24 June 2022
National Chair Steve Hartshorn shares his observations about 139,000 police officers, who have been consciously denied a real term pay rise for 11 years, policing the UK's biggest train strike in 30 years.
Is it just me or do you also notice the irony of 139,000 police officers across England and Wales, who have been consciously denied a real term pay rise for 11 years, policing a three-day strike caused to address pay conditions of 40,000 rail workers while taking care of business as usual? It is almost sardonic.
This week’s train strikes, the biggest in the UK for more than 30 years, have not only had a disproportionate effect on our roads network, and other non-rail modes of travel, but the now very thin blue line. Our already under resourced police forces had to divert precious limited resources to maintain public order so that the rail workers could appeal to the Government for a resolution of their demands. Of course, the strike by rail workers is lawful and followed a democratic vote by union members who felt they had no choice but to resort to industrial action.
The law of the land prohibits police officers from adopting industrial action and withholding work as it may promote public disaffection towards the Government of the day. At the same time, it brings me to reiterate the question I asked the Home Secretary at last month’s Annual Conference: Why are my colleagues, one of the only groups of frontline public sector workers, being penalized in their pockets? Is it because, as many of my colleagues feel, we do not have a right to strike work? Is this why the Government continues to treat the police as the poor relation of the public sector?
Police officers policing the rail strikes, and other imminent industrial action, becomes a mockery when the growing topic of conversation amongst the rank and file is about the uncertainty of achieving a periodic pay rise frozen by the Government since November 2020. Everyone, including police officers and their families are struggling to make ends meet because of the unprecedented rise in costs of living and yet my colleagues in England and Wales are enduring a 20 per cent real terms wage cut set against inflation since 2010.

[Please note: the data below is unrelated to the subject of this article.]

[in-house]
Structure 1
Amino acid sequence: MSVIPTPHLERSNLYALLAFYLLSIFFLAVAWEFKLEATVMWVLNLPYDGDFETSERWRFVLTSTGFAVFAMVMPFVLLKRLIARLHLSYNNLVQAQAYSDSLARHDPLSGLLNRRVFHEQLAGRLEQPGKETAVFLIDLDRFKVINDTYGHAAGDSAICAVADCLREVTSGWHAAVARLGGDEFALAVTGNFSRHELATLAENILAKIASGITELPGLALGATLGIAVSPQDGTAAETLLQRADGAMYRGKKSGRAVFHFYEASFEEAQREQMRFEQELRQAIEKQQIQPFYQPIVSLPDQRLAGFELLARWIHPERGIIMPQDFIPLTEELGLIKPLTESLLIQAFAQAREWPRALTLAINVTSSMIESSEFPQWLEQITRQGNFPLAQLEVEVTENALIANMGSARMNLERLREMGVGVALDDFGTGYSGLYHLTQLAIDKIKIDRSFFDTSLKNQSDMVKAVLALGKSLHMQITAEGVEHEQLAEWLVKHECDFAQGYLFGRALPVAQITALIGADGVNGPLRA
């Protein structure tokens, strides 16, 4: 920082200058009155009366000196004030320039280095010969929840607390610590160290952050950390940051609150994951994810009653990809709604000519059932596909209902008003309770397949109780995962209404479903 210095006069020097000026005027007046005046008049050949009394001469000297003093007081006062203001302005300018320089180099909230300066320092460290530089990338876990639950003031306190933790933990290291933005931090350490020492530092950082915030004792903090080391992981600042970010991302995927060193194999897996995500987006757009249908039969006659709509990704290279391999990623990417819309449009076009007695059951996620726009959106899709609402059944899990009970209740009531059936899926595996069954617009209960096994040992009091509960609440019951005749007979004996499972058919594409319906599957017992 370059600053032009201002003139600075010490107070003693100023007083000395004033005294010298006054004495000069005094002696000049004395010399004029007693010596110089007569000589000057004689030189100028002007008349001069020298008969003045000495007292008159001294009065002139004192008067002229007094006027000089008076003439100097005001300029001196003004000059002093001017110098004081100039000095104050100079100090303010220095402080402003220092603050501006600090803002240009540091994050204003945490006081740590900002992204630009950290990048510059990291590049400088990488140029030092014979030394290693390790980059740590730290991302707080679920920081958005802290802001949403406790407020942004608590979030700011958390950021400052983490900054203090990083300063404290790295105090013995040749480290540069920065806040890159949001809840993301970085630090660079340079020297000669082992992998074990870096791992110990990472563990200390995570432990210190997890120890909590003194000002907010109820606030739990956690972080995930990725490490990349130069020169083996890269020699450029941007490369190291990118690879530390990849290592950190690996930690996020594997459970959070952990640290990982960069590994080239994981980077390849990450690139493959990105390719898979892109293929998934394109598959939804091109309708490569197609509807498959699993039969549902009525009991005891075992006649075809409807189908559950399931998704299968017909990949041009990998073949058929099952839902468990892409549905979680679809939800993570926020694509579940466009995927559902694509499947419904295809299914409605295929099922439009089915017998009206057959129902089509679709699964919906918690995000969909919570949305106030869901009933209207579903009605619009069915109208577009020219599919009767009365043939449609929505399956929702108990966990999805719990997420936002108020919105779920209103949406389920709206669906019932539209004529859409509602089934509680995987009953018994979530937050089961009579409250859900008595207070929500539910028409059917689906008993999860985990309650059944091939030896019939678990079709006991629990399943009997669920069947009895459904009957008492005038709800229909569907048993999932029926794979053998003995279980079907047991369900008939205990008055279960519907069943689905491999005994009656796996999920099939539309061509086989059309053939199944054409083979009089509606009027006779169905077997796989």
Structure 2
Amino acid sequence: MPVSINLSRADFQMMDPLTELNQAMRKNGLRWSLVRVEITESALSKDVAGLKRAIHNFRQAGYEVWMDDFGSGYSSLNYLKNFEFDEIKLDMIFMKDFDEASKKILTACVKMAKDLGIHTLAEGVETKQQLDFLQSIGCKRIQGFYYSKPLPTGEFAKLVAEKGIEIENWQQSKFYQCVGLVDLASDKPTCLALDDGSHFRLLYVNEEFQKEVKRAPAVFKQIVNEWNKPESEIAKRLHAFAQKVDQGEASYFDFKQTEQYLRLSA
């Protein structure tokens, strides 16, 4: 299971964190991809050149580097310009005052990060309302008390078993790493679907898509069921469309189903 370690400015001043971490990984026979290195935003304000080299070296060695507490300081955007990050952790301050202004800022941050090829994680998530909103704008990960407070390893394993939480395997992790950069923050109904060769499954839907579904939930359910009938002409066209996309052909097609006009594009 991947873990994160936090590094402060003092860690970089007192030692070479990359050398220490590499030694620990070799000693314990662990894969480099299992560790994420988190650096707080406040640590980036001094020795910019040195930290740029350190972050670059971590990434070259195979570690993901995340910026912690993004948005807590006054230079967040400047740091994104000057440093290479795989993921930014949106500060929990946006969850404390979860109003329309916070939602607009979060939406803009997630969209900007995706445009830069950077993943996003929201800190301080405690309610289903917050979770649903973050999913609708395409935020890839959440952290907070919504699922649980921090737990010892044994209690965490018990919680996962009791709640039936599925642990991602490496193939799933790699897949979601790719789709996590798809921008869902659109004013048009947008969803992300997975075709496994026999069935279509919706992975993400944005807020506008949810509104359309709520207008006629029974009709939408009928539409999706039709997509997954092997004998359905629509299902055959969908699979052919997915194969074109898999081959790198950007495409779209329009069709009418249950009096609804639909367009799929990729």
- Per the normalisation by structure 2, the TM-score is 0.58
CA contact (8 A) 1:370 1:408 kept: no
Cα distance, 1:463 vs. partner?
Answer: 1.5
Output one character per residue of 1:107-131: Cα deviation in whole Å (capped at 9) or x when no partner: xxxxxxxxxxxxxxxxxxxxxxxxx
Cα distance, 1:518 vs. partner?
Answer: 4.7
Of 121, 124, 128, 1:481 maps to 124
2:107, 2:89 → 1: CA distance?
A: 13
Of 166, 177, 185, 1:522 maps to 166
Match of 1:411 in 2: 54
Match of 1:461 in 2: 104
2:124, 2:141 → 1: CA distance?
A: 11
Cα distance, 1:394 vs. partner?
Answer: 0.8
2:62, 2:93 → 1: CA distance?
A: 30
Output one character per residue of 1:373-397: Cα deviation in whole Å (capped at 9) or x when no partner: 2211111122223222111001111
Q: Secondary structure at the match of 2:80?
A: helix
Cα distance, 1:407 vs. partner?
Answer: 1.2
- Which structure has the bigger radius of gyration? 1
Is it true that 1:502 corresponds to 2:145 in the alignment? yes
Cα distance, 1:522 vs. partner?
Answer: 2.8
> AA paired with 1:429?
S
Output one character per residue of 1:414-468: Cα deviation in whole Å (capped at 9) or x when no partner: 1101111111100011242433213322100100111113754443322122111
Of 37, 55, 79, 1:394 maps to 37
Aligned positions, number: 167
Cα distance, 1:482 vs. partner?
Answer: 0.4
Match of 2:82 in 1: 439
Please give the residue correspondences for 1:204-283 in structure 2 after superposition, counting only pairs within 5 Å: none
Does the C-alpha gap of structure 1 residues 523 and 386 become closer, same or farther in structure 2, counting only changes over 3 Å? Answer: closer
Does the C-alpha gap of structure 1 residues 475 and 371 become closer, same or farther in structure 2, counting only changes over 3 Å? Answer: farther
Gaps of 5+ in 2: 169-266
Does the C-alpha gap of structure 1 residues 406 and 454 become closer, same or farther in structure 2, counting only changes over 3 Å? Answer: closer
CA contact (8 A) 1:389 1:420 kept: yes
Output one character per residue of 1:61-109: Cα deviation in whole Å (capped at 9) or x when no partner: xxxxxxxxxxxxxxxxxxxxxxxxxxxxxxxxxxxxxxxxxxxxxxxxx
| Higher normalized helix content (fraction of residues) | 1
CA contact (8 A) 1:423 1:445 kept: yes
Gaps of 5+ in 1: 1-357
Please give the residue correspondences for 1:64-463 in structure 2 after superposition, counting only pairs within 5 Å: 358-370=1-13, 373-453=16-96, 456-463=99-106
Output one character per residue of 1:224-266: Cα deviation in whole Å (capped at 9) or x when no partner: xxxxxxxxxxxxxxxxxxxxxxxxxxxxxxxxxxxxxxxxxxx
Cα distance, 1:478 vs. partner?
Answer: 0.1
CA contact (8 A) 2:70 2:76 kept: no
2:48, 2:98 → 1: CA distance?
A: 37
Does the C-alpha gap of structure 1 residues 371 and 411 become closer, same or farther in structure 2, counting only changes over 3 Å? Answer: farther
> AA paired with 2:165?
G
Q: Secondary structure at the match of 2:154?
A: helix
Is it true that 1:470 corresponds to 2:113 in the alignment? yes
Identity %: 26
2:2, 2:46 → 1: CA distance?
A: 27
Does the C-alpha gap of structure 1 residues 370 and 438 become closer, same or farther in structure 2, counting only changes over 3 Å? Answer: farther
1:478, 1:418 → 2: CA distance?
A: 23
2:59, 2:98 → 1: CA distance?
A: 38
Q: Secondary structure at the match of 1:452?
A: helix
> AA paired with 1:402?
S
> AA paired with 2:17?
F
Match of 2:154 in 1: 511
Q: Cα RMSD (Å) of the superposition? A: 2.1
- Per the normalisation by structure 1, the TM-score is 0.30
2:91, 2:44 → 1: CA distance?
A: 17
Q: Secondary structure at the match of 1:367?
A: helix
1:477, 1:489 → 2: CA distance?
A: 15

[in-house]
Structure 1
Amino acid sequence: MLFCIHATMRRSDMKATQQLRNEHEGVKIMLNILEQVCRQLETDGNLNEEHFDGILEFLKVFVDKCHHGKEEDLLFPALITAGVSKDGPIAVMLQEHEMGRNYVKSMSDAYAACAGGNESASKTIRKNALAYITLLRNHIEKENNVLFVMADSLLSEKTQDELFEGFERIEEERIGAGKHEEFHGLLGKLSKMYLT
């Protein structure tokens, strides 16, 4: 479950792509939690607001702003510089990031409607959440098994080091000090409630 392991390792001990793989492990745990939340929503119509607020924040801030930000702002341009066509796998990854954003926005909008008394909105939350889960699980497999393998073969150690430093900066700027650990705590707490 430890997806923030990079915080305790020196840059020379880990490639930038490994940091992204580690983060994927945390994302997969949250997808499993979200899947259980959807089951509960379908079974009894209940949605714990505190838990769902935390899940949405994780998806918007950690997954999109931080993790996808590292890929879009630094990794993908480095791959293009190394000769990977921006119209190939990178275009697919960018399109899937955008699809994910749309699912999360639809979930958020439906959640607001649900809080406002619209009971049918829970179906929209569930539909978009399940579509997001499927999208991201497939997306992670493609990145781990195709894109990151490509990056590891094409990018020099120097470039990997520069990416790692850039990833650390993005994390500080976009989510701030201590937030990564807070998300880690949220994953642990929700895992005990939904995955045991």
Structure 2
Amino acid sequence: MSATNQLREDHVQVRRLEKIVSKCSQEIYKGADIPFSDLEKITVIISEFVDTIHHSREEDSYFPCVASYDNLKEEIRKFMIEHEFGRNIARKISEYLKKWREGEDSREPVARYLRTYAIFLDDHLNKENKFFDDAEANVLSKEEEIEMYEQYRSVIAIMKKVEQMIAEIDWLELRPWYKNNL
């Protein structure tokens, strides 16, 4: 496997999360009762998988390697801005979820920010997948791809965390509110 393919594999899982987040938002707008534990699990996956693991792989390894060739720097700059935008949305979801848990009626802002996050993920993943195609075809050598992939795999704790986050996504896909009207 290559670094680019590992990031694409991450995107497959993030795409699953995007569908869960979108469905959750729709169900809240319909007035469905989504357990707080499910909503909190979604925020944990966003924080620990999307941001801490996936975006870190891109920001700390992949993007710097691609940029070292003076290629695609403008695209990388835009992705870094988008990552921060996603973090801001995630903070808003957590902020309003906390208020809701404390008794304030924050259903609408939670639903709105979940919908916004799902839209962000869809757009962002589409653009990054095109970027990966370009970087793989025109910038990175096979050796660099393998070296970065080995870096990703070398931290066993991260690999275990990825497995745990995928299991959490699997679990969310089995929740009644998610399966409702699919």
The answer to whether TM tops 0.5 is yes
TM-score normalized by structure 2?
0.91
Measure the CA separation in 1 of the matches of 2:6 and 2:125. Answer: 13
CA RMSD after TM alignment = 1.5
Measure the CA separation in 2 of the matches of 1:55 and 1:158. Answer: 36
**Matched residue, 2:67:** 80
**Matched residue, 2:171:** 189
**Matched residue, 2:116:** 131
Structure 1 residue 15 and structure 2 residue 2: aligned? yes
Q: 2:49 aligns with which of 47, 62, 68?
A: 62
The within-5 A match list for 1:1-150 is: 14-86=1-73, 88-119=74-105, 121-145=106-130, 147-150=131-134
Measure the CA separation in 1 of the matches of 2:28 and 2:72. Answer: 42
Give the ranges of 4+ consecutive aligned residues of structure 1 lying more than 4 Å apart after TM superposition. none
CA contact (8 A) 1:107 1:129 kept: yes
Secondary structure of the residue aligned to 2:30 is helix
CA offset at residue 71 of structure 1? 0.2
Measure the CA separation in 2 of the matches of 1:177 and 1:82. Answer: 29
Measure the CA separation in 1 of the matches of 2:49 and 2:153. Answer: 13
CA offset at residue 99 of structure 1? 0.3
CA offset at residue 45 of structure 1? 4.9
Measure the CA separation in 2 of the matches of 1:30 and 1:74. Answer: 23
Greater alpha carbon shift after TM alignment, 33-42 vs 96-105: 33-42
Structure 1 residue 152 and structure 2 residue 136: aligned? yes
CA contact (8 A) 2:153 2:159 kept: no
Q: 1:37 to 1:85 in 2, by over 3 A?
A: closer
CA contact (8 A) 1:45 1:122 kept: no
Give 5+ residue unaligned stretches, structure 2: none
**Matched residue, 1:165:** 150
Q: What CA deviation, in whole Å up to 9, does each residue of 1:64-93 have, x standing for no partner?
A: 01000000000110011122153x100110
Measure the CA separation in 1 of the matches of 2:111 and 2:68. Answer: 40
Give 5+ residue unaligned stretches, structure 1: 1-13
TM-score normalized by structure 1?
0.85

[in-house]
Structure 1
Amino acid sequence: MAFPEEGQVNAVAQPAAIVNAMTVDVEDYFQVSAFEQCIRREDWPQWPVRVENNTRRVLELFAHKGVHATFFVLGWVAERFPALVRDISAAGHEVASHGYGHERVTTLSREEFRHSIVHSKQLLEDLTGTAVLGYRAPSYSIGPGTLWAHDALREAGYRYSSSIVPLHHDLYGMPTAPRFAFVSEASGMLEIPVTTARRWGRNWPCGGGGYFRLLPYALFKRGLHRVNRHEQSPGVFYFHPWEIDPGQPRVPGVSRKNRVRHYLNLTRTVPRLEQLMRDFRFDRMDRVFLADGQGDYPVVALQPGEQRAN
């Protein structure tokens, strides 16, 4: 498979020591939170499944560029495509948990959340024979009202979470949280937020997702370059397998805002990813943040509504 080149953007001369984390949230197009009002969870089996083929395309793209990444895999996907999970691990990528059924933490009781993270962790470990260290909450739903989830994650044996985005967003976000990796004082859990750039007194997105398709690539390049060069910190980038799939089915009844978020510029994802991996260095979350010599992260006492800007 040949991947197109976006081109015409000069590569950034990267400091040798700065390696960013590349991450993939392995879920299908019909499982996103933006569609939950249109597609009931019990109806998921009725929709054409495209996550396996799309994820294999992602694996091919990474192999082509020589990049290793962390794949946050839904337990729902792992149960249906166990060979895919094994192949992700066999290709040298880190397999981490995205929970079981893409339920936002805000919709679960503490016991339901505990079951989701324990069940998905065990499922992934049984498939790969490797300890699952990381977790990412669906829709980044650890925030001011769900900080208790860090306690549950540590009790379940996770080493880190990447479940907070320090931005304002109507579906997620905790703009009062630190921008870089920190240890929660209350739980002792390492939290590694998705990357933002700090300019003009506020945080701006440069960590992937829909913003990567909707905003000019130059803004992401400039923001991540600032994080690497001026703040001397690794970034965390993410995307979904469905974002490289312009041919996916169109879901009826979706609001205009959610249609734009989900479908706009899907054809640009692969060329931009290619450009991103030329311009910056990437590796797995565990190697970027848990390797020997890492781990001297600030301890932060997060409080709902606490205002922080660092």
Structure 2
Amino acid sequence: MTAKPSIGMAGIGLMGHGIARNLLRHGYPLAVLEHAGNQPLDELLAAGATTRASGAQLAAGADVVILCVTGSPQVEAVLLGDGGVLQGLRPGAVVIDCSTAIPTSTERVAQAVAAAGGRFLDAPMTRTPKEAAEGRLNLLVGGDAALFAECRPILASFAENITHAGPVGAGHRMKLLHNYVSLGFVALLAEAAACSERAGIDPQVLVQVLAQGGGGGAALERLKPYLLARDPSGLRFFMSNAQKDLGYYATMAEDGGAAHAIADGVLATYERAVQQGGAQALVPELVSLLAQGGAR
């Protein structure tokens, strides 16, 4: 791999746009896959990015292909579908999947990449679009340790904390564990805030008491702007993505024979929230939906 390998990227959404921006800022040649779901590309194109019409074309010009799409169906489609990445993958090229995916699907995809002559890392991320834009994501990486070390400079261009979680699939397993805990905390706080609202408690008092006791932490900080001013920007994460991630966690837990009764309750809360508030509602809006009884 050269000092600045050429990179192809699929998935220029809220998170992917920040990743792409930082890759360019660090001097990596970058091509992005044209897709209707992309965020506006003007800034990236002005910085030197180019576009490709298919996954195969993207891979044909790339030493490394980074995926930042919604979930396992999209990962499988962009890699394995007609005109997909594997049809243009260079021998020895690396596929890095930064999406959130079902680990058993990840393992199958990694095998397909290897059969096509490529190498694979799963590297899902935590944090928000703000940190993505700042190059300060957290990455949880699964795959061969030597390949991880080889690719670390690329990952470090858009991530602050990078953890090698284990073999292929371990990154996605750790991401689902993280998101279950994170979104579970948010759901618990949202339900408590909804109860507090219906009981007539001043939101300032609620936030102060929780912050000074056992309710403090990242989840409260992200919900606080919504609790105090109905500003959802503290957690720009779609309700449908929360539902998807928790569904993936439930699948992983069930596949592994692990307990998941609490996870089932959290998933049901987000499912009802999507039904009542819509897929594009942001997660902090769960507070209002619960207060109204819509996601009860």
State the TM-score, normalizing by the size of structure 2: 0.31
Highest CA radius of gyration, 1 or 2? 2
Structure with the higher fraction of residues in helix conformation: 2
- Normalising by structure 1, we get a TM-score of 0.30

Some regional police federations have started handing out food vouchers to help police officers cope with rising costs of living, as they continue to respond to calls and protect the public despite the poor pay conditions. The Government has gone into a recruitment overdrive when many police officers are contemplating to explore alternative professions to maintain the minimum living standards for their families. Retention is as crucial to successful policing as recruitment, and it must be high on the Government’s agenda.
More than a decade ago, the Police Federation of England and Wales (PFEW) had cautioned the Government that wage cuts would have far reaching consequences. The Government’s response was that we were ‘crying wolf’. Well, now the wolf is staring right into our eyes. Yet again it is for the police officers up and down the country to pick up the pieces and do what they know best – serve and protect our communities, while they continue to make ardent appeals to the Government for resolving their own poor pay conditions.
The police officers of our country are not asking the Government for a favour. They are asking for their rightful entitlement – Fair Pay!
It is never too late to correct a wrong and acceptance is the first step. The Government still has time to take steps in the right direction to rectify yesterday’s mistakes, and PFEW urges the Government to heed to legitimate and increasing concerns of police officers so that the 999 service gets its long overdue pay rise later this year to cope with high inflation and skyrocketing cost of living crisis.